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Medium 9780253353801

19 Size Matters

Edward P Comentale Indiana University Press ePub

Judith Roof

The Collector’s Edition DVD of The Big Lebowski begins with an appended introduction to the film by Mortimer Young, president of Forever Young Film Preservation. His prologue, in the genre of the ceremonial film introduction, addresses both the casual viewer and the aesthete. Narrating the film’s history and provenance, and preparing the audience for its delights, Young traces the journey of the version that follows, recounting its rediscovery in a dubbed Italian version that has been redubbed into English. What survives, he warns us, is not exactly the original, but close enough for a film that has been destroyed in a fire, multiply translated, lost and found, and restored to us under the title The Grand Lebowski.

How you gonna keep them down on the farm
once they’ve seen Karl Hungus?

In The Big Lebowski, a film with so many pins and balls, with so many penetrations, penetrating looks, and penetrated eye views, one would think there would be an ample supply of penetrations, all big, bulky, and vain. But there are not. Or there are too many soon-to-be disqualified contestants. The only real man in the place seems to be “The” Jesus Quintana, a pastel-coordinated pederastic bowler with a penchant for threatening anal intercourse while waving the hard-on of his prosthetic finger stiffener. Bowling pins are relatively smaller than balls, if we wish at all to ascribe to what seems to be the obvious binary sex symbologies of the bowling alley. But the allegory is not as obvious as it seems, in fact, and it is at best fluidly shifting. Balls penetrate alleys and pins, and bowlers penetrate balls, three-fingering those bounding lasses that serve in turn as their rotund synecdoches, now big roly-polies frotting the standing ten, glancing the circle jerk where nine out of ten on the average come off. Then the benedictions of the great enfolding matrix, a giant set of holes descending on the hapless pins, sucking them up or brushing them off, cupping them in a caressingly careful (re)placement, and beneficently endowing the hungry balls with a ten-pack’s impending generosity.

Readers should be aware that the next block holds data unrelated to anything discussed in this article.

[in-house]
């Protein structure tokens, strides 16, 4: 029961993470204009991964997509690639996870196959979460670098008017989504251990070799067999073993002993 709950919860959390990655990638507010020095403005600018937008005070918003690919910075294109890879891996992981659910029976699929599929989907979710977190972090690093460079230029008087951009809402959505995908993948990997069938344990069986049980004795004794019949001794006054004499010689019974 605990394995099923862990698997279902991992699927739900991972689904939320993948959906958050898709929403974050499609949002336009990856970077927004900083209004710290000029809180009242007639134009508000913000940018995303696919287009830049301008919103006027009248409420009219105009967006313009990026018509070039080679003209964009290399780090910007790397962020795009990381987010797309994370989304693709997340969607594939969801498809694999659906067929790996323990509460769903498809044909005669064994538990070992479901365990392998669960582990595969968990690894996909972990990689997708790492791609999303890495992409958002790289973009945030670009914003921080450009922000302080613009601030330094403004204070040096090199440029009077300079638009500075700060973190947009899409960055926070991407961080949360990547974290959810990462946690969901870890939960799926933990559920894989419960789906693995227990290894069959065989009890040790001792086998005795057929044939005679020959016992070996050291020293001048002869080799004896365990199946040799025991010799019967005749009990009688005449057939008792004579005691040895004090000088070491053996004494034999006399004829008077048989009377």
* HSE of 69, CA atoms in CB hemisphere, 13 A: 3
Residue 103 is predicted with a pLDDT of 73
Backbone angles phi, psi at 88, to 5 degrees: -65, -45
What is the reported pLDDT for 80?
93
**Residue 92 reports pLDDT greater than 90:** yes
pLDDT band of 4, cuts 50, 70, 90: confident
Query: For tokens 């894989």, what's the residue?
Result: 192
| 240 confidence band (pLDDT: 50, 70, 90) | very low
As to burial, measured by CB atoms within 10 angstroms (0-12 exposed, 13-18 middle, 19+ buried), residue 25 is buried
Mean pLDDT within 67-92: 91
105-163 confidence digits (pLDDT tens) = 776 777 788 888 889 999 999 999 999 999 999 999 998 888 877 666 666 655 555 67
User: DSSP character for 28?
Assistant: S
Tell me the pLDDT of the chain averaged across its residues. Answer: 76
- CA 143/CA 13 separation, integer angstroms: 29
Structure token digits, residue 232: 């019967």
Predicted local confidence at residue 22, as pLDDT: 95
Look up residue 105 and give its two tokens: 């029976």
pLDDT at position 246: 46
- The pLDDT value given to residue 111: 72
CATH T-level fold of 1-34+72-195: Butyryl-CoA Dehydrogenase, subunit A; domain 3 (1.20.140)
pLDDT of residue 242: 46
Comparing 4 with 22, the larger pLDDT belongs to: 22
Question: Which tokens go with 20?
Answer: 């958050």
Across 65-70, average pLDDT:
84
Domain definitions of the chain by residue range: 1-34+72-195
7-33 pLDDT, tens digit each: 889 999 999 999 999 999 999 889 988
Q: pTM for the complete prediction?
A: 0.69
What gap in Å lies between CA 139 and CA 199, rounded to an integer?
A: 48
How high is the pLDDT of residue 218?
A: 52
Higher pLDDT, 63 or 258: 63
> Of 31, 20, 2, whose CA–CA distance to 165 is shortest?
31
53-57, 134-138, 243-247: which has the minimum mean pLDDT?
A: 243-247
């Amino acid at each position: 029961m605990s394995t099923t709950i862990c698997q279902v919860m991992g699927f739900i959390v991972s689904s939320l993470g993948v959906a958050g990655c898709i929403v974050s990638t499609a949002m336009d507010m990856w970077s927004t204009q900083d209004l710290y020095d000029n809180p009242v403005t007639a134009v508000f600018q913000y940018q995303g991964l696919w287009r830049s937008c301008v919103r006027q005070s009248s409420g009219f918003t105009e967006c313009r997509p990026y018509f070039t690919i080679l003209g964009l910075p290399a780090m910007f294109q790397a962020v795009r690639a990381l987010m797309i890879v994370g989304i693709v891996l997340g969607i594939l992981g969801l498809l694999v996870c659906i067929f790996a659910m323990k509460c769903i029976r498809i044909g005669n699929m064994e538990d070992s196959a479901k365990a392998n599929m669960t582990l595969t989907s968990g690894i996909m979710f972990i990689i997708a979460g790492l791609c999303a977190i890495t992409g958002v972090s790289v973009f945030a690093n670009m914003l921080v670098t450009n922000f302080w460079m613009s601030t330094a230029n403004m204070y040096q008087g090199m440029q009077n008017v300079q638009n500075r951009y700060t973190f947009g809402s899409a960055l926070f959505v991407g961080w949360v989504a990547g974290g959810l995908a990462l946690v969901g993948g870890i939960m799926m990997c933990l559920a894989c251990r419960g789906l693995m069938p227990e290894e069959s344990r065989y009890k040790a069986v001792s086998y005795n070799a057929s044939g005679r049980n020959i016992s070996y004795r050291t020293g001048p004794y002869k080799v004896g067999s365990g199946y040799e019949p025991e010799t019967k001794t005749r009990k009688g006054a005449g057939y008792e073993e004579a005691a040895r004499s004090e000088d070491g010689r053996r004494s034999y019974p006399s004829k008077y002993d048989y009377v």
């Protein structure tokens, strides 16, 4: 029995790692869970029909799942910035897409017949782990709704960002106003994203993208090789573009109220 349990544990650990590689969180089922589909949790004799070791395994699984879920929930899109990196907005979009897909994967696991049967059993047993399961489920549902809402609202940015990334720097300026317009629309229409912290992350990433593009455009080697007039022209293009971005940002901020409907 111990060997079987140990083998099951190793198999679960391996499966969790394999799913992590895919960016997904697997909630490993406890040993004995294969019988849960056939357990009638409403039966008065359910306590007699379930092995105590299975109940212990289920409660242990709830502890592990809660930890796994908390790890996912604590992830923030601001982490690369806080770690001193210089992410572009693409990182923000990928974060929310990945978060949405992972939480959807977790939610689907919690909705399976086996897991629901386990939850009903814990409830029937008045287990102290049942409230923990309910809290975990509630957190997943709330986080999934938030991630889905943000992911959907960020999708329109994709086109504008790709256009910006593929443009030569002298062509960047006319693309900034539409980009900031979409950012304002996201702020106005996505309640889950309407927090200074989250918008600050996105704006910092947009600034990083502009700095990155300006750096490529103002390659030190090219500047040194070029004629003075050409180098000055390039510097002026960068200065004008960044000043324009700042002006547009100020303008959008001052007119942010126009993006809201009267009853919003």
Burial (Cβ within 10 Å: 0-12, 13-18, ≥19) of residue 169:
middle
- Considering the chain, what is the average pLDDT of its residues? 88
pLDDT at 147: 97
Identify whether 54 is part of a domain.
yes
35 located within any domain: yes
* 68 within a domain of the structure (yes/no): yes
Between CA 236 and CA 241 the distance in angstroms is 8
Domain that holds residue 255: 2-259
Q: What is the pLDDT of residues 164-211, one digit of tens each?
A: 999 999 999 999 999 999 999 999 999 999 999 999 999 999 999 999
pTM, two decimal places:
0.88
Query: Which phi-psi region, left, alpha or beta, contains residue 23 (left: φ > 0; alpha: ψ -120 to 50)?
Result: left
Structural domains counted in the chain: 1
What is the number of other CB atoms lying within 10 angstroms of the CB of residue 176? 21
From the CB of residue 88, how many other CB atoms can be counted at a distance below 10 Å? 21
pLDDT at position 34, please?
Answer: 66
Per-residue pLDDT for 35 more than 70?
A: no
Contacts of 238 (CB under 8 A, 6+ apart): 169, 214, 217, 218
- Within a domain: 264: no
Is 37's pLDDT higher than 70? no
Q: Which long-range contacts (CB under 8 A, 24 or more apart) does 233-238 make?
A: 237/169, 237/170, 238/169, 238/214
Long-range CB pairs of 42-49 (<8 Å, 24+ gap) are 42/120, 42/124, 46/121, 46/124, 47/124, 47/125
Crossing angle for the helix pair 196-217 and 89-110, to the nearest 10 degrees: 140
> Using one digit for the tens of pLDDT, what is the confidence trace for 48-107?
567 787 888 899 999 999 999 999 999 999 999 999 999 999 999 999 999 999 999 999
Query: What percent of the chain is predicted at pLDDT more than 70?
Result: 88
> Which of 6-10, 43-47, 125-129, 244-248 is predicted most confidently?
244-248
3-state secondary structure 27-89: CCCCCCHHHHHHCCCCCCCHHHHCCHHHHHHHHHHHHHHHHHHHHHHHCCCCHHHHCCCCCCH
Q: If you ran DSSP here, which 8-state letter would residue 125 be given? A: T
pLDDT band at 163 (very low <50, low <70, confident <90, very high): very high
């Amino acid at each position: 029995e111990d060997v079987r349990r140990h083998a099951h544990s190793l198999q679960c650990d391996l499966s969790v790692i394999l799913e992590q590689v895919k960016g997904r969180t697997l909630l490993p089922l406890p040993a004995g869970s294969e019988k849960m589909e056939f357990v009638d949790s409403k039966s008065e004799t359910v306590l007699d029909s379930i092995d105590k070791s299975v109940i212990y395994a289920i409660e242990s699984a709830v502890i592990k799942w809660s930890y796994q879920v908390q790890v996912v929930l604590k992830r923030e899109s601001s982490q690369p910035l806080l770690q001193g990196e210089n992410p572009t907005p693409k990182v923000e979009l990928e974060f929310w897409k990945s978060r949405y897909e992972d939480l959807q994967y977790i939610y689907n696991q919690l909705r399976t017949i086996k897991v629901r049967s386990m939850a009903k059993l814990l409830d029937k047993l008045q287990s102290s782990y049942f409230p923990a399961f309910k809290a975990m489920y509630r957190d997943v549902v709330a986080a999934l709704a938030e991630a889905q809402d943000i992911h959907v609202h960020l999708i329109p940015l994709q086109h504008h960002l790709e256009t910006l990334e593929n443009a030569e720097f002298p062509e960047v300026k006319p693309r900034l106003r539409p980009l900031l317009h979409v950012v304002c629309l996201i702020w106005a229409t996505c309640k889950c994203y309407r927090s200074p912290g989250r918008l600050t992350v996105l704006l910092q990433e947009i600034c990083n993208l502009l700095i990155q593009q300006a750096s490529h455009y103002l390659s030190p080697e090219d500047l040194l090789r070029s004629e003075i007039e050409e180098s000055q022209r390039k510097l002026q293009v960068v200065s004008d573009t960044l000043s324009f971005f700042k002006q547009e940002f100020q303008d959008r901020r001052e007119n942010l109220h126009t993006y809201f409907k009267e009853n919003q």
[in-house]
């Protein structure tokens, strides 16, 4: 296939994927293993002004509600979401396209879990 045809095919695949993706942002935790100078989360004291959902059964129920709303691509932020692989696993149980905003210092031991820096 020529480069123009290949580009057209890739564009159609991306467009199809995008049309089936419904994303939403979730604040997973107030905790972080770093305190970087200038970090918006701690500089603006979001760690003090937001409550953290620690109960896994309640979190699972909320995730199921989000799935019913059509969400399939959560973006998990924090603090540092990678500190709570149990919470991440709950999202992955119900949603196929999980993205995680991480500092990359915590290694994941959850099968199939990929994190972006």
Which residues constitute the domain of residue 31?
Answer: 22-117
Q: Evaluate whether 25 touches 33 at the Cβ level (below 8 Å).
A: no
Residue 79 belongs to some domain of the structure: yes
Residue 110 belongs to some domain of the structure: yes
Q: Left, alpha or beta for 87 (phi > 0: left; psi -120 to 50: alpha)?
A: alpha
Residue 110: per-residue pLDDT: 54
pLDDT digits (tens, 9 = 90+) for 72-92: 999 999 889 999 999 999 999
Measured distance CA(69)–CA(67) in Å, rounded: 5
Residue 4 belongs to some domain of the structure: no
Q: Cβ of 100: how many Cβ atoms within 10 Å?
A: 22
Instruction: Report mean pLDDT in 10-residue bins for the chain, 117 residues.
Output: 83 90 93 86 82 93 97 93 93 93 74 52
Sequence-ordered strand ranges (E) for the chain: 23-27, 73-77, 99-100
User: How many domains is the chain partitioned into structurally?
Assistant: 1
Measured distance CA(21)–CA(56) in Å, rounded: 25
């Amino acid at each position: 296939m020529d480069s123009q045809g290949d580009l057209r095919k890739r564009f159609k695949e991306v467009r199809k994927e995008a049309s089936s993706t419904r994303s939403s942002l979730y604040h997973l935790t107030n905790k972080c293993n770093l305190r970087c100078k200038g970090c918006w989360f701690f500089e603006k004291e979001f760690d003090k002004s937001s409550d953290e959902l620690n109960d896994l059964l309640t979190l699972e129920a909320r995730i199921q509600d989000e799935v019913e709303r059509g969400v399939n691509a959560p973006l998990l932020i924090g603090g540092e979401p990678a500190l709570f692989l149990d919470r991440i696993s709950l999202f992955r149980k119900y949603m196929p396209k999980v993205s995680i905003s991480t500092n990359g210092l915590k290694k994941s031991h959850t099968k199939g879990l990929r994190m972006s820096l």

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Medium 9780253012531

9. The Importance of Playing in Earnest · Rachel Wagner

Heidi A Campbell Indiana University Press ePub

Rachel Wagner

THE ERROR PEOPLE TEND TO MAKE THE MOST IN THINKING about games and religion is to assume that the primary opposition at work is the idea that religion is “serious” whereas games are “fun.” I propose that a more accurate distinction is between being earnest as opposed to being insincere in one’s engagement with the ordered world views that religions and games can evoke. The importance of constructing systems or worlds of order into which people may willingly enter is a key feature of both religions and games. The greatest offense in both experiences is to break the rules, that is, to become an apostate, an infidel, a cheater, or a trifler, to fail to uphold the principal expectations about how to inhabit that particular experience’s world view. To fail in being earnest in following the rules is to cause a disruption of order, a breach in the cosmos-crafting activity that both games and religion can provide. Of course, not all experiences of religious practice and gameplay will fit this definition, but many of them do. This, I propose, is a fundamental similarity between religion and games, generally speaking: both are, at root, order-making activities that offer a mode of escape from the vicissitudes of contemporary life, and both demand, at least temporarily, that practitioners give themselves over to a predetermined set of rules that shape a world view and offer a system of order and structure that is comforting for its very predictability. While it is true that games offer such ordered worlds on a temporary basis and religion attempts to make universal claims to such rule-based systems, the root impulse of entering into ordered space reveals a deep kinship between religion and games that is startling and evocative.

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Medium 9780861967025